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April Jeppson: Don’t worry about what others think — be you

Every Little Thing by April Jeppson

April Jeppson


“There is nothing wrong with loving the crap out of everything. Negative people find their walls. So never apologize for your enthusiasm. Never. Ever. Never.” — Ryan Adams

I get really into things. Little, seemingly unimportant things. I bought a small garbage can for my office a few weeks ago, and it brought me so much joy. It’s shiny, and has a rainbow holographic effect to it. Sometimes if I’m feeling a little down, I just stare at it for a bit and admire how gorgeous it is, and my mood improves. You guys, it’s a trash can. I am literally finding joy in my garbage. I know how goofy I sound, but it’s the truth.

When I was younger I shied away from being so enthusiastic, or over the top. I reigned myself in so that those around me wouldn’t be uncomfortable. I dressed in boring colors so that I would appear more professional. I mean nothing says take me serious like a dark pant suit, right? I expressed myself through my socks. I had the most extensive sock collection. Which is funny because now that I’m comfortable with myself, I rarely wear socks.

When I was a stay-at-home mom, I almost completely lost who I was. When you hardly leave the house, it’s easy to fall into a walking coma. You get up, take care of kids and then you go to bed. As my children started sleeping through the night, my personality began to wake up. When it awoke, it came back twofold.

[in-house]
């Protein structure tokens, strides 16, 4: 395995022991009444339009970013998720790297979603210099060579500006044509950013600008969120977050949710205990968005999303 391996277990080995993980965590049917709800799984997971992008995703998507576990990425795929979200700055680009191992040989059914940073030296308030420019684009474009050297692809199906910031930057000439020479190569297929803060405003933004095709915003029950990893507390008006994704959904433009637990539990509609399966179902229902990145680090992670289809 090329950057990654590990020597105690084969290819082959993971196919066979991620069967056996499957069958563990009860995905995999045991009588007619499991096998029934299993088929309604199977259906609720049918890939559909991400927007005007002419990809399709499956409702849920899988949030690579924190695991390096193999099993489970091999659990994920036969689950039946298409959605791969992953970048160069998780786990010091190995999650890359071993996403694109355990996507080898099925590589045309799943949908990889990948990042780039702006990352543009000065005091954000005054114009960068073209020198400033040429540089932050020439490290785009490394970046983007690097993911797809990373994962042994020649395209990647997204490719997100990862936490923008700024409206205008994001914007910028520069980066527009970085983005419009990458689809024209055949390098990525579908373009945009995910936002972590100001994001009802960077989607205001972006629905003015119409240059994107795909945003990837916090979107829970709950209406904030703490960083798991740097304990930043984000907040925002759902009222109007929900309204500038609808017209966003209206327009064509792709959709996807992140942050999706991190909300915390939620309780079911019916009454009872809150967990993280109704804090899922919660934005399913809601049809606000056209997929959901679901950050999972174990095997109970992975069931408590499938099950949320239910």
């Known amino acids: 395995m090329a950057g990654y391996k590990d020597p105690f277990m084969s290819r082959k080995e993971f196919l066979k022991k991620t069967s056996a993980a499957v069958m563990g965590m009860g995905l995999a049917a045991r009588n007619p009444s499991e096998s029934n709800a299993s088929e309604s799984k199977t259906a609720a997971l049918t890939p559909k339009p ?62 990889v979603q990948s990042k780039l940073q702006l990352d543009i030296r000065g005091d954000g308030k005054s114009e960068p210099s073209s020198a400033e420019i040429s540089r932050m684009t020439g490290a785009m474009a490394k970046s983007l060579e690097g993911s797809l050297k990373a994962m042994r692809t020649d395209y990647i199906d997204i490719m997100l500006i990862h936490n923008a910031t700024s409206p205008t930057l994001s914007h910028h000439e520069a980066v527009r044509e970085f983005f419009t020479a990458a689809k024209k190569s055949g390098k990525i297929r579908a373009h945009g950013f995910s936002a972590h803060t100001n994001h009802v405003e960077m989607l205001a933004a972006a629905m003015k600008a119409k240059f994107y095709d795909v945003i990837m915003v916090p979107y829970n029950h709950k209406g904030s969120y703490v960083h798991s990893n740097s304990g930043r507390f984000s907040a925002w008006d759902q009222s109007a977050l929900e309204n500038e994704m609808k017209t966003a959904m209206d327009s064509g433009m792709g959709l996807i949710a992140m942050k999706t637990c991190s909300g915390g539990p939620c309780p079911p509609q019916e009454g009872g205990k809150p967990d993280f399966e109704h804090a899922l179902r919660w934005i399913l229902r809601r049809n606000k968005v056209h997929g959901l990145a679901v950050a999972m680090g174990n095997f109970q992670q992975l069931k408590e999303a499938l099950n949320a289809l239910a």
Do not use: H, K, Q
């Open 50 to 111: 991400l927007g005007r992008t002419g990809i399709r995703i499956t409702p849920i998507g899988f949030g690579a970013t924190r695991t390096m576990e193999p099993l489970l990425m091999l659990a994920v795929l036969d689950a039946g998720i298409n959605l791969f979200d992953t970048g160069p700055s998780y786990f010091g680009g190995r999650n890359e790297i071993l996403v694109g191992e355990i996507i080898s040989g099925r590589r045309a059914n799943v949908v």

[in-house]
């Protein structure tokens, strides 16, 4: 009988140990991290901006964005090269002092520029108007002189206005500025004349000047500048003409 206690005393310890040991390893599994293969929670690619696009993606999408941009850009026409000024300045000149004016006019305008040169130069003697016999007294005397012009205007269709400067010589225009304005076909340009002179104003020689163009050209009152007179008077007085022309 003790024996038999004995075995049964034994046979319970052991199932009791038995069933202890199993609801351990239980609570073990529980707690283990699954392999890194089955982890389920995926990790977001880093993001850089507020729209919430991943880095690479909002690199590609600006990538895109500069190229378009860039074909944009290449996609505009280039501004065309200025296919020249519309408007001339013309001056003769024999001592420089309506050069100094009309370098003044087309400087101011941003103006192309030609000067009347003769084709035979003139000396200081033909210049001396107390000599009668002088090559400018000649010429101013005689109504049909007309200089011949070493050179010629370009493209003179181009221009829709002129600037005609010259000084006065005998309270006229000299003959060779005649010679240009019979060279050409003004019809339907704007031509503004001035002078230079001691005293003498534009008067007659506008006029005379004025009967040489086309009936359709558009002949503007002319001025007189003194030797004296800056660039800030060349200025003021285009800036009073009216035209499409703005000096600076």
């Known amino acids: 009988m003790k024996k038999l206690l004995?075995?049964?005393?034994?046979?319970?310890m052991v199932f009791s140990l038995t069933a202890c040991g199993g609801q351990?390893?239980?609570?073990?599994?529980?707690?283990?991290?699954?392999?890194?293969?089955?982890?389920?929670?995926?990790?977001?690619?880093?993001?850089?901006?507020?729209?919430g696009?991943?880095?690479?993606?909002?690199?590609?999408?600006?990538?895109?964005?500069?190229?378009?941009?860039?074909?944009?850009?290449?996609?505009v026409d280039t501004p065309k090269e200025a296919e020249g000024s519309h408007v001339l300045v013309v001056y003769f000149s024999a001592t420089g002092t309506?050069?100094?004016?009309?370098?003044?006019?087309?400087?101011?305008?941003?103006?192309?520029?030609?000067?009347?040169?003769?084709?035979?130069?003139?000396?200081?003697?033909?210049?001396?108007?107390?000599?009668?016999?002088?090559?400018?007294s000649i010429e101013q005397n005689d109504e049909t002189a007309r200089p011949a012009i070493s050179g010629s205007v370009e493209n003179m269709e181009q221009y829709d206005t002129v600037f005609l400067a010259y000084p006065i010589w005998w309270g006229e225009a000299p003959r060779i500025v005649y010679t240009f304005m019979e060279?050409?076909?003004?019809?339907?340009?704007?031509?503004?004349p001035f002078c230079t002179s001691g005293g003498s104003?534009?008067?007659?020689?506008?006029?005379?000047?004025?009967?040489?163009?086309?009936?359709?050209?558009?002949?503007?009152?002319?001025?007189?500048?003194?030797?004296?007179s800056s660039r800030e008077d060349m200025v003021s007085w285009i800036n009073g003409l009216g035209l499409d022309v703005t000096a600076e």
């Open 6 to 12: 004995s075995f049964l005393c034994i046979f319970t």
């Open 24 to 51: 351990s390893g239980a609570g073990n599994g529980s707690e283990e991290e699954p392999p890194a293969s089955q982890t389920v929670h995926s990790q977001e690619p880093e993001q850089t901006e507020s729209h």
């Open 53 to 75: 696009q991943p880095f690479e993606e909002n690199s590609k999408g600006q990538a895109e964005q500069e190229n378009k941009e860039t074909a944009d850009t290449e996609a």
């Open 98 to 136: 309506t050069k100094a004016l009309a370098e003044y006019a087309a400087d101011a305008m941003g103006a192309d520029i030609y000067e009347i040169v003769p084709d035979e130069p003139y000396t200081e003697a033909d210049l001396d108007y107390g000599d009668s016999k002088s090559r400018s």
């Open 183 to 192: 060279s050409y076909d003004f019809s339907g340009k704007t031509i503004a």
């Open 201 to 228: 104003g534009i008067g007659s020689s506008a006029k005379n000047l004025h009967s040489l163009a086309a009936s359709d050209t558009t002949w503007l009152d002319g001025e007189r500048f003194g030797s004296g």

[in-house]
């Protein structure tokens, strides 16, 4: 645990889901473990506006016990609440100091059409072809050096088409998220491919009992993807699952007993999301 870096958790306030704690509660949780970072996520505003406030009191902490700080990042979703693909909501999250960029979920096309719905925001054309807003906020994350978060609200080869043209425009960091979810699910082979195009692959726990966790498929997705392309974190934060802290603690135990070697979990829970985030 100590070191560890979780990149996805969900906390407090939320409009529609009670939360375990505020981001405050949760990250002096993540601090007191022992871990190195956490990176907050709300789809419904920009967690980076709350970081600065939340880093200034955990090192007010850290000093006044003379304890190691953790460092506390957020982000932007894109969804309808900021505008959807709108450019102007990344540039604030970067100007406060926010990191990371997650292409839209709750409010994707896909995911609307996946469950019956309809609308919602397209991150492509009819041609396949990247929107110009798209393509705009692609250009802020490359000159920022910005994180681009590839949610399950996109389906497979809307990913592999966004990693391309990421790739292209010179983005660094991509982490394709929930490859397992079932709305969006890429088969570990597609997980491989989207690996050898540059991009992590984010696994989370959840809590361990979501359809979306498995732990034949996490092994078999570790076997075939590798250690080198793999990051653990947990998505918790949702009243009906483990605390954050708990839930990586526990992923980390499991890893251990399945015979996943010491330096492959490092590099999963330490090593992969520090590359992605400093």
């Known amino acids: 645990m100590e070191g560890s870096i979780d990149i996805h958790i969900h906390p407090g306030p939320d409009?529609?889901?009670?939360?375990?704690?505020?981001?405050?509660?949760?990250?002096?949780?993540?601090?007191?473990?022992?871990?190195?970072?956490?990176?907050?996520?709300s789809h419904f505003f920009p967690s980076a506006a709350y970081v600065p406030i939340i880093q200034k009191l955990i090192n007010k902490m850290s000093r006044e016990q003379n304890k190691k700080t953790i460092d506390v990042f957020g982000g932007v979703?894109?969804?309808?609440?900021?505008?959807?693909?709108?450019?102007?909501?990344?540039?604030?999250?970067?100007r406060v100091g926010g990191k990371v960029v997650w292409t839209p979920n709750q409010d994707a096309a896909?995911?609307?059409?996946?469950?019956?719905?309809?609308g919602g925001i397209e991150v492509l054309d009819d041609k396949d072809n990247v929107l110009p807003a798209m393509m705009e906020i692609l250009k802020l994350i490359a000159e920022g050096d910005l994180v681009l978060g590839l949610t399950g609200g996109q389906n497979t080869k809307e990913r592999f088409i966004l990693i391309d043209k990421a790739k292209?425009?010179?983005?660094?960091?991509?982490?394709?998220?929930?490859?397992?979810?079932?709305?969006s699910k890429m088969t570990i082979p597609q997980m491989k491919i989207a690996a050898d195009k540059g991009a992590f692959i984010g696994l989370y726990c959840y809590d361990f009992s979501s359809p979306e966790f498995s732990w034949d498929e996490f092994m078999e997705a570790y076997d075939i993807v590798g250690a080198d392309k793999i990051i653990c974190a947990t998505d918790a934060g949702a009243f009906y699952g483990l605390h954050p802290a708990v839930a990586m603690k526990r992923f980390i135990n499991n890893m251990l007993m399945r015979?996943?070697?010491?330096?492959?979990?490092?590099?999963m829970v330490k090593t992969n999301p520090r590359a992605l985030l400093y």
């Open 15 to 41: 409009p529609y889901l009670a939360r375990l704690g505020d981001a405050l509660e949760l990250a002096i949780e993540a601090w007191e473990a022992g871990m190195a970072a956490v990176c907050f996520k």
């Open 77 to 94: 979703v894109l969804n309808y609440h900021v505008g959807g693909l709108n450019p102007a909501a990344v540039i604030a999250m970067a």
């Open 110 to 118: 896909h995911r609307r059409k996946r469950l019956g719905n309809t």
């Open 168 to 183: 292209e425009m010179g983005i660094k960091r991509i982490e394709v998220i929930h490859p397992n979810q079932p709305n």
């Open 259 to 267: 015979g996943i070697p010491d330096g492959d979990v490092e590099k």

When I was in college, I had pink hair and wore funky clothes. Some people thought it was fun, other people (older, more mature) would give me a look or make a little comment. I didn’t care, I knew what I liked and I did my thing. Then I got married, got a real job, had kids and all my sparkle just got a little, I don’t know — dulled.

So when I came out of the new mom fog and got the idea to add some pink back in my hair, I hesitated. I’m an adult now. I need people to take me seriously. Perhaps I hemmed and hawed for a year about it. Then I realized that I didn’t care what people thought. If I was going to be judged by my hair and not by my personality, then perhaps I didn’t need those people in my life. Putting the color back in my hair was the beginning of me embracing who I was.

Slowly, I gained more confidence. Instead of looking at clothes on the shelf and thinking maybe someday I’ll get it, I bought the bright skirt and then had enough courage to wear it in public. I gave high fives to strangers at the gym. I complimented the bank teller on her awesome glasses and asked if I could try them on. (she let me). I chat up people I barely know but can instantly tell I will like. I ask them deep questions and call them out on being rockstars. Slowly but surely I came into myself.

I love life. I love wearing glitter converse to the office. I thoroughly enjoy smiling while in board meetings. I love meeting people who have way more money and power than I do and then talking to them as if we’re equals — because we are. Life is hard, and it can suck sometimes. I see the bad stuff, but I’m not going to let that dull my shine. If you need a little pick me up, why don’t you swing by the office and look at my garbage can for a bit. I promise it will help.

Albert Lean April Jeppson is a wife, mom, coach and encourager of dreams.